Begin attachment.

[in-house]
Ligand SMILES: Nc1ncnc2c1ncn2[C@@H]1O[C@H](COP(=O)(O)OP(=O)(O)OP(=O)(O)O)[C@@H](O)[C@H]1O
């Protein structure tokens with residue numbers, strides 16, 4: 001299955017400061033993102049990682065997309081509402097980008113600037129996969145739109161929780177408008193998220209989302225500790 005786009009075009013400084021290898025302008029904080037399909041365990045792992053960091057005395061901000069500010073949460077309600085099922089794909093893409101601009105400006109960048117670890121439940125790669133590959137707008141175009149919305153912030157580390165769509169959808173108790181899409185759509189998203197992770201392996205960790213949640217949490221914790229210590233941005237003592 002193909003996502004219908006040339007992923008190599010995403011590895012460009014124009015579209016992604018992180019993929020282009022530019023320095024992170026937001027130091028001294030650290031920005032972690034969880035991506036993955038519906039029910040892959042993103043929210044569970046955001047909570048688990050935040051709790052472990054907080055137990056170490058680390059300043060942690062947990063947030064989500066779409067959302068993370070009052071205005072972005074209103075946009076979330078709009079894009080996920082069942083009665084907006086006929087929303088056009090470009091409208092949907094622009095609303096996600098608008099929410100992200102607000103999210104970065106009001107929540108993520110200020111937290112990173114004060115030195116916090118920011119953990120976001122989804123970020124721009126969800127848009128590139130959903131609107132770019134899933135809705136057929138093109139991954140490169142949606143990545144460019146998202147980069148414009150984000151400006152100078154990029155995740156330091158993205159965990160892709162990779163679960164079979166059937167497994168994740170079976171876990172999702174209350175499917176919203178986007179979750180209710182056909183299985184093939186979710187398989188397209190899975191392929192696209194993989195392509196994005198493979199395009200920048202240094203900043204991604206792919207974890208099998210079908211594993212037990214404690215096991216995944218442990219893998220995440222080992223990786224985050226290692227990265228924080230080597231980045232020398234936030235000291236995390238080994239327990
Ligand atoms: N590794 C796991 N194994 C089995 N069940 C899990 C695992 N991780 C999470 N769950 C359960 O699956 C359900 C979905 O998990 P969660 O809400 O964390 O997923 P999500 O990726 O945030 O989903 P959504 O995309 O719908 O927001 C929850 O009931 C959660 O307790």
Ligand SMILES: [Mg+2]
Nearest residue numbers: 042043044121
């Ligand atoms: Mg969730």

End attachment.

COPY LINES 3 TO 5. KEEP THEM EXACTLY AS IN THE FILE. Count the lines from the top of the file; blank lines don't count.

């Protein structure tokens with residue numbers, strides 16, 4: 001299955017400061033993102049990682065997309081509402097980008113600037129996969145739109161929780177408008193998220209989302225500790 005786009009075009013400084021290898025302008029904080037399909041365990045792992053960091057005395061901000069500010073949460077309600085099922089794909093893409101601009105400006109960048117670890121439940125790669133590959137707008141175009149919305153912030157580390165769509169959808173108790181899409185759509189998203197992770201392996205960790213949640217949490221914790229210590233941005237003592 002193909003996502004219908006040339007992923008190599010995403011590895012460009014124009015579209016992604018992180019993929020282009022530019023320095024992170026937001027130091028001294030650290031920005032972690034969880035991506036993955038519906039029910040892959042993103043929210044569970046955001047909570048688990050935040051709790052472990054907080055137990056170490058680390059300043060942690062947990063947030064989500066779409067959302068993370070009052071205005072972005074209103075946009076979330078709009079894009080996920082069942083009665084907006086006929087929303088056009090470009091409208092949907094622009095609303096996600098608008099929410100992200102607000103999210104970065106009001107929540108993520110200020111937290112990173114004060115030195116916090118920011119953990120976001122989804123970020124721009126969800127848009128590139130959903131609107132770019134899933135809705136057929138093109139991954140490169142949606143990545144460019146998202147980069148414009150984000151400006152100078154990029155995740156330091158993205159965990160892709162990779163679960164079979166059937167497994168994740170079976171876990172999702174209350175499917176919203178986007179979750180209710182056909183299985184093939186979710187398989188397209190899975191392929192696209194993989195392509196994005198493979199395009200920048202240094203900043204991604206792919207974890208099998210079908211594993212037990214404690215096991216995944218442990219893998220995440222080992223990786224985050226290692227990265228924080230080597231980045232020398234936030235000291236995390238080994239327990
Ligand atoms: N590794 C796991 N194994 C089995 N069940 C899990 C695992 N991780 C999470 N769950 C359960 O699956 C359900 C979905 O998990 P969660 O809400 O964390 O997923 P999500 O990726 O945030 O989903 P959504 O995309 O719908 O927001 C929850 O009931 C959660 O307790």
Ligand SMILES: [Mg+2]